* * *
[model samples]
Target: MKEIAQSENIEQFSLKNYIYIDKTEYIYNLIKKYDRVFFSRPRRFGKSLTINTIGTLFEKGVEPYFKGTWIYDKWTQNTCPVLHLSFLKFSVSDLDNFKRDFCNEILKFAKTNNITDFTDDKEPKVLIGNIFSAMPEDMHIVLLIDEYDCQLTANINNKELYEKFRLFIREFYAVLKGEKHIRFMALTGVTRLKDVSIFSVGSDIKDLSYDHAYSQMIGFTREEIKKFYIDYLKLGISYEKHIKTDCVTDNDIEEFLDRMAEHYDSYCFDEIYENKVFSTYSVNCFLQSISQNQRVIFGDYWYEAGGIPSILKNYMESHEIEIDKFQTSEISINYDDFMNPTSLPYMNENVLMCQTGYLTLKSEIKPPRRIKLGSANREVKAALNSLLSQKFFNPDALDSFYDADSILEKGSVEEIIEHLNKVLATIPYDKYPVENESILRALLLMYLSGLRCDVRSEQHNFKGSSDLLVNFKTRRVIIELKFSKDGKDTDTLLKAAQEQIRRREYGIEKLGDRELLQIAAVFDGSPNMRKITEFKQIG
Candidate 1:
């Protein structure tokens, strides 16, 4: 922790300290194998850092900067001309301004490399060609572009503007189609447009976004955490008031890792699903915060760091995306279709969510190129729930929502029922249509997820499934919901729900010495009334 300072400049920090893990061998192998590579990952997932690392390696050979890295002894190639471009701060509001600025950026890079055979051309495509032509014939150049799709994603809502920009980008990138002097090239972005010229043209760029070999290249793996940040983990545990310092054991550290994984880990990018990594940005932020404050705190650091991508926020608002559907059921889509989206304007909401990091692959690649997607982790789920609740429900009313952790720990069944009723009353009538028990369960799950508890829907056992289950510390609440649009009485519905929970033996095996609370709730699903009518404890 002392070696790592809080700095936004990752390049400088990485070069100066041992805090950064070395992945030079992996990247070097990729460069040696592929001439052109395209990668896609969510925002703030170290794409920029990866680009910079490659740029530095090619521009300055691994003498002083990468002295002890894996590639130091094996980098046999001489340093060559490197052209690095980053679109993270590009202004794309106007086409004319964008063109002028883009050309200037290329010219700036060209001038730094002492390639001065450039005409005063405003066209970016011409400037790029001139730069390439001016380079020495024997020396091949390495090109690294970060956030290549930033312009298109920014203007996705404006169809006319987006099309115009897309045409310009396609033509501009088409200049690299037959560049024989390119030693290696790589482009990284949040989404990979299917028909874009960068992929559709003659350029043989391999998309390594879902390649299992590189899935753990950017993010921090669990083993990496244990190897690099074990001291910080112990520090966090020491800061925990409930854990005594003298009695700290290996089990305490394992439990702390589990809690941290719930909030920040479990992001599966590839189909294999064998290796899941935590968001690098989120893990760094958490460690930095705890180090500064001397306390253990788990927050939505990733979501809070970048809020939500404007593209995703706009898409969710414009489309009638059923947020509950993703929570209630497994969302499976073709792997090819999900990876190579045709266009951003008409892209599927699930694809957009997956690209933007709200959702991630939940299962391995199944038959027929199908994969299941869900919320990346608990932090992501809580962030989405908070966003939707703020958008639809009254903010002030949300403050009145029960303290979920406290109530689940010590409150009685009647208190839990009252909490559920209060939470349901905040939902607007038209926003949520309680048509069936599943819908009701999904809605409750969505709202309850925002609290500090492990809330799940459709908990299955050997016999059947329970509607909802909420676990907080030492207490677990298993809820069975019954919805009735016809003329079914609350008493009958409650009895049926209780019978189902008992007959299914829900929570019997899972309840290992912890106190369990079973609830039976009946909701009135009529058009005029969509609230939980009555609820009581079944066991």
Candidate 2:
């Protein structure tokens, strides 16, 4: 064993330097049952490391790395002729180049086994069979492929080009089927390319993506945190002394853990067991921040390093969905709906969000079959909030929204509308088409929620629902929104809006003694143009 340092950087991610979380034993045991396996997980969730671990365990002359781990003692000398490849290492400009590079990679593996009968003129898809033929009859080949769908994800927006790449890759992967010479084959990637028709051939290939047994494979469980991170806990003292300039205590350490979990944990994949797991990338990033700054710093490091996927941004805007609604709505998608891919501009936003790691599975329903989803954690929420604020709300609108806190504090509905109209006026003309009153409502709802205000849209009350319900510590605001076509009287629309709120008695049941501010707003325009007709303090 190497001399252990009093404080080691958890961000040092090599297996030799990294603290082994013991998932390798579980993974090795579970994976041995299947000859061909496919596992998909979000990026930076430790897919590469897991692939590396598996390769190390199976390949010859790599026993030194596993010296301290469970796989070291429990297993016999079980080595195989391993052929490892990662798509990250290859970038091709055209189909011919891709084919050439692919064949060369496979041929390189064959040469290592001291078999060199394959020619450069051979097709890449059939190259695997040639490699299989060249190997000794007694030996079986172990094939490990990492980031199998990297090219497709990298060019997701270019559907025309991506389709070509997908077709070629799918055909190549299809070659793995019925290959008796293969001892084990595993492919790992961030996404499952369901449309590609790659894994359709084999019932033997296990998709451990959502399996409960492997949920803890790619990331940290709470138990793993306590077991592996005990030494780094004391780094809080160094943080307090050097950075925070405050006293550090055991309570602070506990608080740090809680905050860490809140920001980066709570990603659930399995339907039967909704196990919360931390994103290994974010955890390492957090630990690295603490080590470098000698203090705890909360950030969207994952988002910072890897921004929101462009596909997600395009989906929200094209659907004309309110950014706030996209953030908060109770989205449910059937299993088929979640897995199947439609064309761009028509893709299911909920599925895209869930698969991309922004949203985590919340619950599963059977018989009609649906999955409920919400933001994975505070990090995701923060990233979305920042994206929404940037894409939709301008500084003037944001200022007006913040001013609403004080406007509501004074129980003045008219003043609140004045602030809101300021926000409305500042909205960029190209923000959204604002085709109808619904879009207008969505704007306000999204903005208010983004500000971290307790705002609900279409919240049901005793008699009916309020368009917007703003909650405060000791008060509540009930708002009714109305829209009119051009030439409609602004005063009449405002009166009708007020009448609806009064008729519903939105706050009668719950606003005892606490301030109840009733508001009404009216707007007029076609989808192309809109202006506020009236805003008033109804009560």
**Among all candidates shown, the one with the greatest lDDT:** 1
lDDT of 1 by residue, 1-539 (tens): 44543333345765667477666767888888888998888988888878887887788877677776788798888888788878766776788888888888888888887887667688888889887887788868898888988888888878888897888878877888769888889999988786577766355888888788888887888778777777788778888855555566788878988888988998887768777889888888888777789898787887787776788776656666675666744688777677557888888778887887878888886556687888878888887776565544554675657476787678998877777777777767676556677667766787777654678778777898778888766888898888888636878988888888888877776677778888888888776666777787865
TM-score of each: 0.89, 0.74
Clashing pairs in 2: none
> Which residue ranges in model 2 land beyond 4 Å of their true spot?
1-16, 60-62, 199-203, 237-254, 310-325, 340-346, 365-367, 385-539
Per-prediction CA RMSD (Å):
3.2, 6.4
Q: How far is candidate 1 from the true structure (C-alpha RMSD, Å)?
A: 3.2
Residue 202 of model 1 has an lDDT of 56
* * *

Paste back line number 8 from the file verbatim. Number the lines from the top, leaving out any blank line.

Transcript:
lDDT of 1 by residue, 1-539 (tens): 44543333345765667477666767888888888998888988888878887887788877677776788798888888788878766776788888888888888888887887667688888889887887788868898888988888888878888897888878877888769888889999988786577766355888888788888887888778777777788778888855555566788878988888988998887768777889888888888777789898787887787776788776656666675666744688777677557888888778887887878888886556687888878888887776565544554675657476787678998877777777777767676556677667766787777654678778777898778888766888898888888636878988888888888877776677778888888888776666777787865